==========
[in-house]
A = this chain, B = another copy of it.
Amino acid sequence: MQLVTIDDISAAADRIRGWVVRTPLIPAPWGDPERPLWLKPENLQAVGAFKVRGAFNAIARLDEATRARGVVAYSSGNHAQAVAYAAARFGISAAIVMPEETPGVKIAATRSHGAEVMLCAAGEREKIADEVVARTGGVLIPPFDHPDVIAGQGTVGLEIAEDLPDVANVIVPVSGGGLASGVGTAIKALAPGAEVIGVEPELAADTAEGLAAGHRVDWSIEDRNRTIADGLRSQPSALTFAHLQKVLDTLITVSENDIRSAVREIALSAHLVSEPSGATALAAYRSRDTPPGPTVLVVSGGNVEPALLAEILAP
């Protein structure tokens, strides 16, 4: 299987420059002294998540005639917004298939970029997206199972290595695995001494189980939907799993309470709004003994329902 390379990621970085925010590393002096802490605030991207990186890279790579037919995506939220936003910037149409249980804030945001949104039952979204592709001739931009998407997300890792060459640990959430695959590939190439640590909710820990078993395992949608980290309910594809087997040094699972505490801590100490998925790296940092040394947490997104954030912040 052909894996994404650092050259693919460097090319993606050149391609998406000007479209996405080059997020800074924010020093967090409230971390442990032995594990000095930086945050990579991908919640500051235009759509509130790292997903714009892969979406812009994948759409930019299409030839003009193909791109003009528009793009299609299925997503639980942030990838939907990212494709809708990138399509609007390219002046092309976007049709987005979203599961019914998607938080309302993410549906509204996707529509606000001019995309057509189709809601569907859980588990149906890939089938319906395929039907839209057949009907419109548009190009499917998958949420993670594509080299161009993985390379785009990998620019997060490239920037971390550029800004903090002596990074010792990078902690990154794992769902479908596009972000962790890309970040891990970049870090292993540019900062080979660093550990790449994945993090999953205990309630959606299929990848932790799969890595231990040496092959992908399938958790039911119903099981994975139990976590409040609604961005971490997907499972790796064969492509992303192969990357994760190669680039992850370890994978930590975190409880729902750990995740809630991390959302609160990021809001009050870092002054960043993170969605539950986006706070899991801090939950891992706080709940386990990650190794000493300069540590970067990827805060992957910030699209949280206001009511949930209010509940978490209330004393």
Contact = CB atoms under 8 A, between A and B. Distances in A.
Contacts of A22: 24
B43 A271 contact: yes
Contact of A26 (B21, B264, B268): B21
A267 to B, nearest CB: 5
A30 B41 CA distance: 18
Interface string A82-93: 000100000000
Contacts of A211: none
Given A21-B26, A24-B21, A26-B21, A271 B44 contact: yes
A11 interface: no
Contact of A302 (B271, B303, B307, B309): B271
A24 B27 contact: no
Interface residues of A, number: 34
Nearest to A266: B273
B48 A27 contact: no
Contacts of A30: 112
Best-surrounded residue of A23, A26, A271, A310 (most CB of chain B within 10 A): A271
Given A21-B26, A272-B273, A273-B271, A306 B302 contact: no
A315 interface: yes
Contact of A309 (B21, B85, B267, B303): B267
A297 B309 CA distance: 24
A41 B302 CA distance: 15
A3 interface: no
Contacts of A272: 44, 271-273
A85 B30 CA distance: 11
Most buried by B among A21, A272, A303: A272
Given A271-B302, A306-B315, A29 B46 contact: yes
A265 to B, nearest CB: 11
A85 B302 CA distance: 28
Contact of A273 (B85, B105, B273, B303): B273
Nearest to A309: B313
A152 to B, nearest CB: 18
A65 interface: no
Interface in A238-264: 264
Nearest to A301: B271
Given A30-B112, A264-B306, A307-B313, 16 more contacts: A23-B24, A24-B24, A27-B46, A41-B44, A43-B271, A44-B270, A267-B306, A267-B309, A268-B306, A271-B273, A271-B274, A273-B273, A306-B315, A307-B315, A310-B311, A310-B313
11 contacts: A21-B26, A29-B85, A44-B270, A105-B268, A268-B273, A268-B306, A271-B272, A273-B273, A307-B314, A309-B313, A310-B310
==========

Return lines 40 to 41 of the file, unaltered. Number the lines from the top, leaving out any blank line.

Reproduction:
Given A30-B112, A264-B306, A307-B313, 16 more contacts: A23-B24, A24-B24, A27-B46, A41-B44, A43-B271, A44-B270, A267-B306, A267-B309, A268-B306, A271-B273, A271-B274, A273-B273, A306-B315, A307-B315, A310-B311, A310-B313
11 contacts: A21-B26, A29-B85, A44-B270, A105-B268, A268-B273, A268-B306, A271-B272, A273-B273, A307-B314, A309-B313, A310-B310